How can it be that Pittsburgh Steelers defensive coordinator Dick LeBeau has not been enshrined in the Pro Football Hall of Fame? At this point he should be an obvious choice, and not just because he’s been in the NFL—as a player or coach—for 50 consecutive seasons.
It’s pretty clear why LeBeau didn’t earn consideration as a player. He toiled for 14 years as a member of the Detroit Lions (1959-1972), and during his playing career the Lions never won a division title and appeared in just one playoff game. LeBeau—the individual—was punished for Detroit’s lack of team success.
But another factor worked against LeBeau as well. He spent almost his entire career at cornerback, and if you haven’t noticed, there are precious few cornerbacks in the Hall of Fame, fewer still if you consider those who played the bulk of their careers pre-1970.
Ironically, one can make the argument that LeBeau’s defensive statistics are that much more impressive because he played at a time when far fewer passes were attempted. Believe it or not, he intercepted 62 passes during the course of his playing career (tied for seventh all-time), only nine fewer than 2009 Hall of Fame inductee Rod Woodson, whose career began in 1987, after the passing era was already well underway. Fittingly, when Woodson (a cornerback-kick returner who was coached by LeBeau in Pittsburgh) was inducted into the Hall of Fame, he took the opportunity to campaign for his former defensive coordinator during his induction speech, saying, “The voters are going to get tired of me saying it. Dick LeBeau deserves to be in the Hall of Fame.”
Yet, even if one ignores LeBeau’s playing career he deserves to be inducted on the strength of his coaching career alone. Consider his current five-year (and counting) tenure with the Steelers, during which time the team has won two Super Bowl titles, while his defense has finished #1 in the NFL three times.
If one looks back further, his résumé looks even more impressive. In fact, a good argument could be made that LeBeau was disproportionately responsible for Bill Cowher’s success as head coach of the Steelers (in much the same way that current Steelers head coach Mike Tomlin is riding LeBeau’s coattails today).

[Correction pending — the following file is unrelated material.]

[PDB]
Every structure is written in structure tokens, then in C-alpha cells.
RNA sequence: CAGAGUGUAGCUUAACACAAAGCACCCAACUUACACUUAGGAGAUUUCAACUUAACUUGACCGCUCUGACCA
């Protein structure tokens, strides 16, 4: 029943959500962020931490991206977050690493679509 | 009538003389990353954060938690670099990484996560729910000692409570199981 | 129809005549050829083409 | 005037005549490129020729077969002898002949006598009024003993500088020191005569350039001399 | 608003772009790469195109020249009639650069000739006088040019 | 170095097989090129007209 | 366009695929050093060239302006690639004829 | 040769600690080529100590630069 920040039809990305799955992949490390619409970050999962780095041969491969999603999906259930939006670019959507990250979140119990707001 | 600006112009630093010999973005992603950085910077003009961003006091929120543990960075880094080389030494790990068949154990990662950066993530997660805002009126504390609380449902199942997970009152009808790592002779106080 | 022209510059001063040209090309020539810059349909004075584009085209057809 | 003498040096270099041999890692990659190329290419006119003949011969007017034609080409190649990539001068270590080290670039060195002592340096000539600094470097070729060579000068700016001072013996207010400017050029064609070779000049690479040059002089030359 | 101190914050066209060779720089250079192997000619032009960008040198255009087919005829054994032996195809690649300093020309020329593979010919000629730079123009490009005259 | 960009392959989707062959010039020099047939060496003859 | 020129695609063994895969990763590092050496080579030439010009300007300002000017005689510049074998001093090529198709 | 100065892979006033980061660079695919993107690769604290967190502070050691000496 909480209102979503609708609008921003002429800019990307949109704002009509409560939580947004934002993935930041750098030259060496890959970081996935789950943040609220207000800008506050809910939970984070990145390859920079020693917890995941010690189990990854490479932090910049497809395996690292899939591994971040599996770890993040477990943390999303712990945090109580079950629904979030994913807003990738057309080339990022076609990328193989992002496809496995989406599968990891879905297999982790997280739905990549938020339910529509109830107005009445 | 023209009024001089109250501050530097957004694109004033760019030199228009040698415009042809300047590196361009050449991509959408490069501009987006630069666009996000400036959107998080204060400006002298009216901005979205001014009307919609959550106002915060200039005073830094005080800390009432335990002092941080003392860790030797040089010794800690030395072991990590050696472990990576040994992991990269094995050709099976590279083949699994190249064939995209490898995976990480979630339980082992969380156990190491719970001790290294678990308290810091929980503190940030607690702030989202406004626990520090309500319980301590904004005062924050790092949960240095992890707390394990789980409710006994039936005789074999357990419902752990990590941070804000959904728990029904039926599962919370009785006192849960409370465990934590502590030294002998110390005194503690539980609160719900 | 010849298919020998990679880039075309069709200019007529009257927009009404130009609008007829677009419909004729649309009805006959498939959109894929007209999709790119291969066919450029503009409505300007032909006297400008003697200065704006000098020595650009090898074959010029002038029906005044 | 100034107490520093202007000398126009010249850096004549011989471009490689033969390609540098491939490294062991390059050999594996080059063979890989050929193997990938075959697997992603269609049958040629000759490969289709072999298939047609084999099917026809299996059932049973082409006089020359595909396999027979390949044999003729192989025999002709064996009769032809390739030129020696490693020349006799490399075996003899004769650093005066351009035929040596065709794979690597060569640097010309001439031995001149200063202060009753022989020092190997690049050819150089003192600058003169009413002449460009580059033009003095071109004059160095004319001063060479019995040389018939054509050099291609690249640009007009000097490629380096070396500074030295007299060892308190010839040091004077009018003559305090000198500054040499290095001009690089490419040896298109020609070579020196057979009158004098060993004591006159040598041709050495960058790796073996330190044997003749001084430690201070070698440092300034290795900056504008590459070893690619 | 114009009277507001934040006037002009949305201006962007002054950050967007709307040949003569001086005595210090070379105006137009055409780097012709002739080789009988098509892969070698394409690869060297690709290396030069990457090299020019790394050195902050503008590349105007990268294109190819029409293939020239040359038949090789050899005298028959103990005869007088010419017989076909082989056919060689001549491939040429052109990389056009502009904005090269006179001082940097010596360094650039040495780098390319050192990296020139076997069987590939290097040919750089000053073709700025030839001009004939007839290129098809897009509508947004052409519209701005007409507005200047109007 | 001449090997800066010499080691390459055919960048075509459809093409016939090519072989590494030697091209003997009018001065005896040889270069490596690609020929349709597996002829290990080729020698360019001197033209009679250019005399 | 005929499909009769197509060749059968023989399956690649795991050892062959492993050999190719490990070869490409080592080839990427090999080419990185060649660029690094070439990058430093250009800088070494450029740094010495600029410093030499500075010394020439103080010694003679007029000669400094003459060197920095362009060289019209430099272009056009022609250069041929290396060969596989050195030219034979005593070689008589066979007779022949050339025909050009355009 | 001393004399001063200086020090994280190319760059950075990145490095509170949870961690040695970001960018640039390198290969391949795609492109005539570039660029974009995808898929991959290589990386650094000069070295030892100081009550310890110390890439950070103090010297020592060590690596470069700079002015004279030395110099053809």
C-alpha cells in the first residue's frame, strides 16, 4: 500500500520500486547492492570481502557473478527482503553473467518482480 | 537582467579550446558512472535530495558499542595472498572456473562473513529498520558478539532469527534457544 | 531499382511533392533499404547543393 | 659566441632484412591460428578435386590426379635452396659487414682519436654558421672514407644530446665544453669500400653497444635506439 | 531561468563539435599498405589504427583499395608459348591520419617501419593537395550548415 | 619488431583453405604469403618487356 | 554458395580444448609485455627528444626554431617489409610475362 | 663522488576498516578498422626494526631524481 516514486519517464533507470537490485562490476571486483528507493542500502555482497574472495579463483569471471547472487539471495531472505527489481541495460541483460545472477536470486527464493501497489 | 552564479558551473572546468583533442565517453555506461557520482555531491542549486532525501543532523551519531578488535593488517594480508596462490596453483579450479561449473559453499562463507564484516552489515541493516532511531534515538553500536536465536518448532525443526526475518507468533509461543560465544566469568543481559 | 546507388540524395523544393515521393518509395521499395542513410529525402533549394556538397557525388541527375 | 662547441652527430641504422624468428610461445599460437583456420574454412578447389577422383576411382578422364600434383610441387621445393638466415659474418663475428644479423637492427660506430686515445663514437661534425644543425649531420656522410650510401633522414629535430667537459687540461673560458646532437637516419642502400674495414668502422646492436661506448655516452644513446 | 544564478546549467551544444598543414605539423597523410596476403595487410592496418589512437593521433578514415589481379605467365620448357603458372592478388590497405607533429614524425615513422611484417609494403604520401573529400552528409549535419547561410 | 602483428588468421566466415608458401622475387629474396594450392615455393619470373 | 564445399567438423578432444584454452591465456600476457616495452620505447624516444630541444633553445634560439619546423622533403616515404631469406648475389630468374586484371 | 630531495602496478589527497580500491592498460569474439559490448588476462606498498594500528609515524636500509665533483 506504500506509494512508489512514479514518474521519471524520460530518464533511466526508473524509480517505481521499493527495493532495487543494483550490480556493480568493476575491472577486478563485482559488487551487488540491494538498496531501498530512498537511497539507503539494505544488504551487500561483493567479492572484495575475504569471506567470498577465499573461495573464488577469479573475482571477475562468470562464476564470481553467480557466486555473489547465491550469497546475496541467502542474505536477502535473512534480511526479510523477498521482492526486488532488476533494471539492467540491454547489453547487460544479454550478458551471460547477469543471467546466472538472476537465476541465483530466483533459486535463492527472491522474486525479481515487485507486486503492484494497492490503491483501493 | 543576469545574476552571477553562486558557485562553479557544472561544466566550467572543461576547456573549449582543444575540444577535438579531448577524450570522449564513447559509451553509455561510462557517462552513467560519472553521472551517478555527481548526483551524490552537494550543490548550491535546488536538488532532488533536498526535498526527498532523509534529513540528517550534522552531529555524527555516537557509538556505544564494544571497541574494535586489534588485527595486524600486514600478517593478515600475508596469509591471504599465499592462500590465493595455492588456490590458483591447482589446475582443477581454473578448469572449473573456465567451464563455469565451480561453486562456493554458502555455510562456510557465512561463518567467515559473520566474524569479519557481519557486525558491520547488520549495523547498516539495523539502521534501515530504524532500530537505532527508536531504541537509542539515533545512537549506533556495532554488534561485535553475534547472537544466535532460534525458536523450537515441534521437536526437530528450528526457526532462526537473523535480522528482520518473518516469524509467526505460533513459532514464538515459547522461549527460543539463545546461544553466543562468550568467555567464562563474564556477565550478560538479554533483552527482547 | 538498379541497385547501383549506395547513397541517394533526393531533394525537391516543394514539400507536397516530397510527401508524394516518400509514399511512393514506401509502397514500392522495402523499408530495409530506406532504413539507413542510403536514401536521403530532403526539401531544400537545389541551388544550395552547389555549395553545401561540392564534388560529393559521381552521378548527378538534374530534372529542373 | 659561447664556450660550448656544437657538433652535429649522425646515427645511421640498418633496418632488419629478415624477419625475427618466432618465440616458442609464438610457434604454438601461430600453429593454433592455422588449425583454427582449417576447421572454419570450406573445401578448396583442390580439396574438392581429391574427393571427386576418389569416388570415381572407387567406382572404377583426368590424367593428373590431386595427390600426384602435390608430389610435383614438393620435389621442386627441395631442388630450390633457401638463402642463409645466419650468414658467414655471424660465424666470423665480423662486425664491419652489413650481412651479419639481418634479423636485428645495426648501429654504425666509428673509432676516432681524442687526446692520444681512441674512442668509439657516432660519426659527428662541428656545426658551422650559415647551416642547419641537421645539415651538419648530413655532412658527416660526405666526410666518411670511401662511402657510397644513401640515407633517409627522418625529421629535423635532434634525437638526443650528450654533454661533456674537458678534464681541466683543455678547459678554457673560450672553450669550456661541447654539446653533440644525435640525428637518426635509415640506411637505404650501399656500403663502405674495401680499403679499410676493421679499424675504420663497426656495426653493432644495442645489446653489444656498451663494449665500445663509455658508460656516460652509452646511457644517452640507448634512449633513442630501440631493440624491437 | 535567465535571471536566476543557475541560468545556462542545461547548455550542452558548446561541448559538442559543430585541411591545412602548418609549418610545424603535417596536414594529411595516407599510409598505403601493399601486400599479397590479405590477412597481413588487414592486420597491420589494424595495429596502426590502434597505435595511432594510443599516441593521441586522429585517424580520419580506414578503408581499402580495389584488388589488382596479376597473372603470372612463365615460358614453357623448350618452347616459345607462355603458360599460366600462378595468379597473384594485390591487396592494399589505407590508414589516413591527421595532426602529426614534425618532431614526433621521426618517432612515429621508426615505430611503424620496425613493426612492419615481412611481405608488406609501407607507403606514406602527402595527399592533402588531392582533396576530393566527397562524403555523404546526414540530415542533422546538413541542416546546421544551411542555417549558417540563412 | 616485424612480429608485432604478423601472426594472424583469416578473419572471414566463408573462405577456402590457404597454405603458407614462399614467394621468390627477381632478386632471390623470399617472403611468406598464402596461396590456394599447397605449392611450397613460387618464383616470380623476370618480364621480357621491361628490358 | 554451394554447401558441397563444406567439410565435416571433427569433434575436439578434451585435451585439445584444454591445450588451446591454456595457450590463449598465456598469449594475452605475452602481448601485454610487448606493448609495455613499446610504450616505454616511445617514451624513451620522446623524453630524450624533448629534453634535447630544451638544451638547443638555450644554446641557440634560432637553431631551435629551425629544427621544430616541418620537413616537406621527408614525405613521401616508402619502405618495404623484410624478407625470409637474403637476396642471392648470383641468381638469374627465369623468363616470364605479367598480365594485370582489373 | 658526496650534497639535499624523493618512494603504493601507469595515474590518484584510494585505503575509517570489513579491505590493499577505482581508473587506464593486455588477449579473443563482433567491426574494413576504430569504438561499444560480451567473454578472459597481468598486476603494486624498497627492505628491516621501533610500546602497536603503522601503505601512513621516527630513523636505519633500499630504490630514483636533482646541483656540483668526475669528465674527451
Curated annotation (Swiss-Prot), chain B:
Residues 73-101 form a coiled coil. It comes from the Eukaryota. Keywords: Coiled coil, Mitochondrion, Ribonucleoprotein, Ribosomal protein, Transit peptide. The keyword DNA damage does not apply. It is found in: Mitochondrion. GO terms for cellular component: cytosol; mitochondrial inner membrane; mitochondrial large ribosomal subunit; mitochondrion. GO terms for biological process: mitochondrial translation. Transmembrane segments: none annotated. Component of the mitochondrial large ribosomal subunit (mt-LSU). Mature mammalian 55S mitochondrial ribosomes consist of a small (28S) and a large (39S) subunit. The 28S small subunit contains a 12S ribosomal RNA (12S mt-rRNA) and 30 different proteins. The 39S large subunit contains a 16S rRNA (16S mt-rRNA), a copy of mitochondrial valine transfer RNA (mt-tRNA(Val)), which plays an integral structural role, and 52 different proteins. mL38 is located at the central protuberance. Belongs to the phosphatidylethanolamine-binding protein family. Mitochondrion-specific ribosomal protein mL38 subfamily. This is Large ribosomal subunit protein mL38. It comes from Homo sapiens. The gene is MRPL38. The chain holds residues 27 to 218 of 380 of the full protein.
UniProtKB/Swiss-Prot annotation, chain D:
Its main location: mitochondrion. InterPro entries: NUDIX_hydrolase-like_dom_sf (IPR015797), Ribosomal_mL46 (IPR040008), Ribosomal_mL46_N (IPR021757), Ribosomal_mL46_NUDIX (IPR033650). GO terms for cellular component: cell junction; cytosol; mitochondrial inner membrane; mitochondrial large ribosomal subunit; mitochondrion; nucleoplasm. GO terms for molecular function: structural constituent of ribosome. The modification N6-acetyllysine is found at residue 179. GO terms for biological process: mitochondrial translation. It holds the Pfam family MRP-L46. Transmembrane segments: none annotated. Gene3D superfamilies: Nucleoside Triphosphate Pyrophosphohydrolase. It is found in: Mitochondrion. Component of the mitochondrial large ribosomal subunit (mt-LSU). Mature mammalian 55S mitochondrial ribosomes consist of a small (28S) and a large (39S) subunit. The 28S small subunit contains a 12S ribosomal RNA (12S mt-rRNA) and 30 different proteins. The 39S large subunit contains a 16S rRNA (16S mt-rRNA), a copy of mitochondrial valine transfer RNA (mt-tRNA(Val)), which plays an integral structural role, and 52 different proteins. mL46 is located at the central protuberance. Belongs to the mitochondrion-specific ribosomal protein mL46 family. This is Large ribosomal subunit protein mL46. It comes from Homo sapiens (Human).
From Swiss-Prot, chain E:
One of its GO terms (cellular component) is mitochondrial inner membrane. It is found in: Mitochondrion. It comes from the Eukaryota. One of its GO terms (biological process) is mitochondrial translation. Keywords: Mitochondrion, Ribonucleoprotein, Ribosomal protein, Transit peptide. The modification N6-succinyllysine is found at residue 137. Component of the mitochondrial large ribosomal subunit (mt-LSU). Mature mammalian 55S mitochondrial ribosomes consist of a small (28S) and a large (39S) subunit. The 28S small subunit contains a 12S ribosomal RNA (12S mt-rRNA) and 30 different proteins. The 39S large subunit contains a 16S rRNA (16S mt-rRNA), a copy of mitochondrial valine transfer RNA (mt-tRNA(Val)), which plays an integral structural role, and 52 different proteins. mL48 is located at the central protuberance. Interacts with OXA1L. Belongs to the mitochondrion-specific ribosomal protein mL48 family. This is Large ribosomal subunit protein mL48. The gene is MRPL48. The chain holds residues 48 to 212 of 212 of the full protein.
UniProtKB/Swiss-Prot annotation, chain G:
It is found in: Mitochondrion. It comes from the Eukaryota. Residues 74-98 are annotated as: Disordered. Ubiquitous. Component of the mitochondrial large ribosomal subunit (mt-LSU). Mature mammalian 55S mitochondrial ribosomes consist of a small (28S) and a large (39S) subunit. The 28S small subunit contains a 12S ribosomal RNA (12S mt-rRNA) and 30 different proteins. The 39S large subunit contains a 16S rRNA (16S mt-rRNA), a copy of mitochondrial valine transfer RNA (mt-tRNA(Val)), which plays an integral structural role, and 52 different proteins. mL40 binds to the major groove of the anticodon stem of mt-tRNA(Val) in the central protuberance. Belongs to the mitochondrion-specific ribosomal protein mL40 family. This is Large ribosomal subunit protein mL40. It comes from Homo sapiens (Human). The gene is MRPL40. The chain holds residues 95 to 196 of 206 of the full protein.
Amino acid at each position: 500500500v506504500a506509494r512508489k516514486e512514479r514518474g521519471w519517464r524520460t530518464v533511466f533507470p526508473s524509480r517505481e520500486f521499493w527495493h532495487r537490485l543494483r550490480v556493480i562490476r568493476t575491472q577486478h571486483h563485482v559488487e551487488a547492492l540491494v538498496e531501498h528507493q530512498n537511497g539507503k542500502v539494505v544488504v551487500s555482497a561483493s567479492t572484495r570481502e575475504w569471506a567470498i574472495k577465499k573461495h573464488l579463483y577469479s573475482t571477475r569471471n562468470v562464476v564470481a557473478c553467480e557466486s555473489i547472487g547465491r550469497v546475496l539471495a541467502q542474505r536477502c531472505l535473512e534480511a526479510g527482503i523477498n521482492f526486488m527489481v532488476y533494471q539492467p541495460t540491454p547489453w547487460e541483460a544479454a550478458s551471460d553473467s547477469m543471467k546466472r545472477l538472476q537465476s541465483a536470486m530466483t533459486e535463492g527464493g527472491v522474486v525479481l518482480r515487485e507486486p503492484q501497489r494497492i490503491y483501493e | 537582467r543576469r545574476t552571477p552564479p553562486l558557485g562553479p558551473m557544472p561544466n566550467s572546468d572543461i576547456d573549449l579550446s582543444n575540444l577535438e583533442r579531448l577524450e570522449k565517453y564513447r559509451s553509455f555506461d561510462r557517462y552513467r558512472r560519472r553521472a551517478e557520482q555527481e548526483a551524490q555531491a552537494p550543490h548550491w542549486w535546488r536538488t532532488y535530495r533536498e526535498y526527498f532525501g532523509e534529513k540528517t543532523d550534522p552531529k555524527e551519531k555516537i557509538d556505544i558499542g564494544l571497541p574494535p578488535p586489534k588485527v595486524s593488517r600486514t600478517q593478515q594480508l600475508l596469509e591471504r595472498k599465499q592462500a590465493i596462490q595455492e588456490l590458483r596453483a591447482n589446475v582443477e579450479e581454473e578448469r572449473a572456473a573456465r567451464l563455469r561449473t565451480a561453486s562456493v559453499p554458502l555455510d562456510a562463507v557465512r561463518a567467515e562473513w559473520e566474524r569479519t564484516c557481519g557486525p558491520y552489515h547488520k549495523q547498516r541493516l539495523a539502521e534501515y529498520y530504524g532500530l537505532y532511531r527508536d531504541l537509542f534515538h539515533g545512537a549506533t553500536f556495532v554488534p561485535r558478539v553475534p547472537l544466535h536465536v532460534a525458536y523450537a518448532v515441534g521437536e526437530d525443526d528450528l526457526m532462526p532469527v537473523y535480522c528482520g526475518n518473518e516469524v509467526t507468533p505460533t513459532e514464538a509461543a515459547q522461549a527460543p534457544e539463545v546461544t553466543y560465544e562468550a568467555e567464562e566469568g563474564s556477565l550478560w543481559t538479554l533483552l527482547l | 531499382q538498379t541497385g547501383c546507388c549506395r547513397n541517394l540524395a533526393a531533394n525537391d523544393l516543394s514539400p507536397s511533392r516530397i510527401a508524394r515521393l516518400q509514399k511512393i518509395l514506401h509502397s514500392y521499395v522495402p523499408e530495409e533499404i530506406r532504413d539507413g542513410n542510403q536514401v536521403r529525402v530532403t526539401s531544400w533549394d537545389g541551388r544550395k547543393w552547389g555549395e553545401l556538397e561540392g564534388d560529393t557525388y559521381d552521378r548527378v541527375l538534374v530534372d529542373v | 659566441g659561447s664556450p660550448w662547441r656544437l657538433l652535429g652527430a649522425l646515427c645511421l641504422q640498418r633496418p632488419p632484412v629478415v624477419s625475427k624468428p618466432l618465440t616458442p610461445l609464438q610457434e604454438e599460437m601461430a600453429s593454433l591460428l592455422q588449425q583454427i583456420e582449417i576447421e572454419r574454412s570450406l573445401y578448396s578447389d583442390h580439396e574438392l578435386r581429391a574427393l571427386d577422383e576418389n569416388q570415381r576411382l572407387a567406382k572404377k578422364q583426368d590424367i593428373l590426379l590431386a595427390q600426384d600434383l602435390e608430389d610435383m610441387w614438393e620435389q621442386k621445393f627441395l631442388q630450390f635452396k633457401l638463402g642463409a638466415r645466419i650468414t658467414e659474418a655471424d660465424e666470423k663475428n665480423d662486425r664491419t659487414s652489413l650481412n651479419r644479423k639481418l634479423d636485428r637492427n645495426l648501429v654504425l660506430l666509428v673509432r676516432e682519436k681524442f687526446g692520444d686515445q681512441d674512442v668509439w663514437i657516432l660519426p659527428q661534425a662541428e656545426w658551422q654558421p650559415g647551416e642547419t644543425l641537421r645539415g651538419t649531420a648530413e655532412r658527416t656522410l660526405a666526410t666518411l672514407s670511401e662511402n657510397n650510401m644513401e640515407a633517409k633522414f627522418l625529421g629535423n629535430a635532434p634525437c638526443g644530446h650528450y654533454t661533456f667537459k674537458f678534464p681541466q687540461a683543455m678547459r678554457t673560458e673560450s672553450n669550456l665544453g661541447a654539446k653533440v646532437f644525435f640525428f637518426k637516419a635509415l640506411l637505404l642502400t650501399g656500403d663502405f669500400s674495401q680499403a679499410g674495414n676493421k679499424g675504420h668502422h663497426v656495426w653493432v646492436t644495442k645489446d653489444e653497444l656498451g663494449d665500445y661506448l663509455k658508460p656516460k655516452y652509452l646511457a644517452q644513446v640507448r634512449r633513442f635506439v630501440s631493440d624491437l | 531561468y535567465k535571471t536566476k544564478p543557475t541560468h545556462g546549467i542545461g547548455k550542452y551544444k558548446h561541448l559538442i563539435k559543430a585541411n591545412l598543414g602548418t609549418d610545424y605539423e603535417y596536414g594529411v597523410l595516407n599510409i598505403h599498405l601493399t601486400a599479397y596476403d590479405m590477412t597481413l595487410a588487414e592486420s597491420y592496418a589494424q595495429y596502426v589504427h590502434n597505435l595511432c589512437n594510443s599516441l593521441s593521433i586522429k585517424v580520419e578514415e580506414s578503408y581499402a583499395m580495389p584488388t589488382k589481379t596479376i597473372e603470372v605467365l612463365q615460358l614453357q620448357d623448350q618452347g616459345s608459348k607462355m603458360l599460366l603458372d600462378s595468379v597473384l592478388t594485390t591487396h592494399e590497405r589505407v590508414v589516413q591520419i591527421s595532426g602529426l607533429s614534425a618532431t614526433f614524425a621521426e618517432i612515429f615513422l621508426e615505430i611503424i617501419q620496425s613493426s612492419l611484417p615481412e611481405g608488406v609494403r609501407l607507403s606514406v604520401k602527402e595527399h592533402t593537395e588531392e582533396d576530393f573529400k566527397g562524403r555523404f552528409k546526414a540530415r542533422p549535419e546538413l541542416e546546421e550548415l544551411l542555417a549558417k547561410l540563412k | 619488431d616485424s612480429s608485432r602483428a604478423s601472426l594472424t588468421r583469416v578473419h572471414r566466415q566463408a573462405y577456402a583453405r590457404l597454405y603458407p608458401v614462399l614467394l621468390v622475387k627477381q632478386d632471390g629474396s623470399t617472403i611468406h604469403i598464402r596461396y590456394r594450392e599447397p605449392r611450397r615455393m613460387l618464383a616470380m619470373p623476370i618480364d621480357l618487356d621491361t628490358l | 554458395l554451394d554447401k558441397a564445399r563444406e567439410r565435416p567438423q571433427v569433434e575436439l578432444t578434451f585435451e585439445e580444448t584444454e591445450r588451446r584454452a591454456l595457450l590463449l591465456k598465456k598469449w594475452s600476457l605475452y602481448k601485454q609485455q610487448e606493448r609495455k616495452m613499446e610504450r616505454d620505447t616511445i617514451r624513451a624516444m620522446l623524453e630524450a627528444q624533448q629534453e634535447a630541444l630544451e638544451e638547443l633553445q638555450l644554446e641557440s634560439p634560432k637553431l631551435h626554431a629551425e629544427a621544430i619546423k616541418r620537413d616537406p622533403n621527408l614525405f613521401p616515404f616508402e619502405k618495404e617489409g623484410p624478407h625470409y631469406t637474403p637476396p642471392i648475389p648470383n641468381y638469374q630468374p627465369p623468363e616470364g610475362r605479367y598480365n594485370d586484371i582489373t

In the six seasons in which LeBeau served as Cowher’s defensive coordinator the Steelers compiled a 75-34 record (69% winning percentage), including a 9-4 record in the post-season. In five of those six seasons the Steelers qualified for the playoffs, reaching the Super Bowl on two occasions.
In the remaining nine seasons during Cowher’s 15-year reign, the Steelers compiled a not-nearly-as-impressive 86-65-1 record (57% winning percentage), emerging victorious in just three of eight playoff games. Never mind the fact that the Steelers went 33-19 from 1992-94, when LeBeau served as Cowher’s secondary coach. In other words, Cowher’s career record without LeBeau is a mere 53-46-1.
It’s also worth noting that LeBeau served as an assistant coach for the Cincinnati Bengals from 1980-91, during which time the long-since lowly Bengals posted a winning record, even reaching the Super Bowl in 1988 while LeBeau was defensive coordinator. In fact, the only time LeBeau hasn’t been successful in a coaching capacity was when he served as head coach of the Bengals for two-plus seasons early in this decade, a failure that may be significant, as no assistant coach has ever been considered for Hall of Fame induction, much less elected.
Finally, LeBeau isn’t just a coach with a remarkable track record. He’s also been an innovator, credited with inventing the so-called “zone blitz,” which has now been a staple of NFL defenses for more than two decades. In the summer of 2007, when the Steelers arrived in Canton, Ohio (home of the Pro Football Hall of Fame) to play in the annual Hall of Fame game, many of the team’s defensive players wore replicas of LeBeau’s No. 44 Detroit Lions jersey to and from the game in an effort to bring attention to their coordinator’s achievements.
Yet even that kind gesture seemed to have little impact, which is why LeBeau supporters need to keep his name in the forefront of voters’ minds, so he earns consideration for the Class of 2010.
Meanwhile, I think it’s fair to say that Pittsburgh Steelers fans want LeBeau to continue serving as the team’s defensive coordinator for as long as humanly possible, perhaps the highest praise that an NFL coach can possibly garner.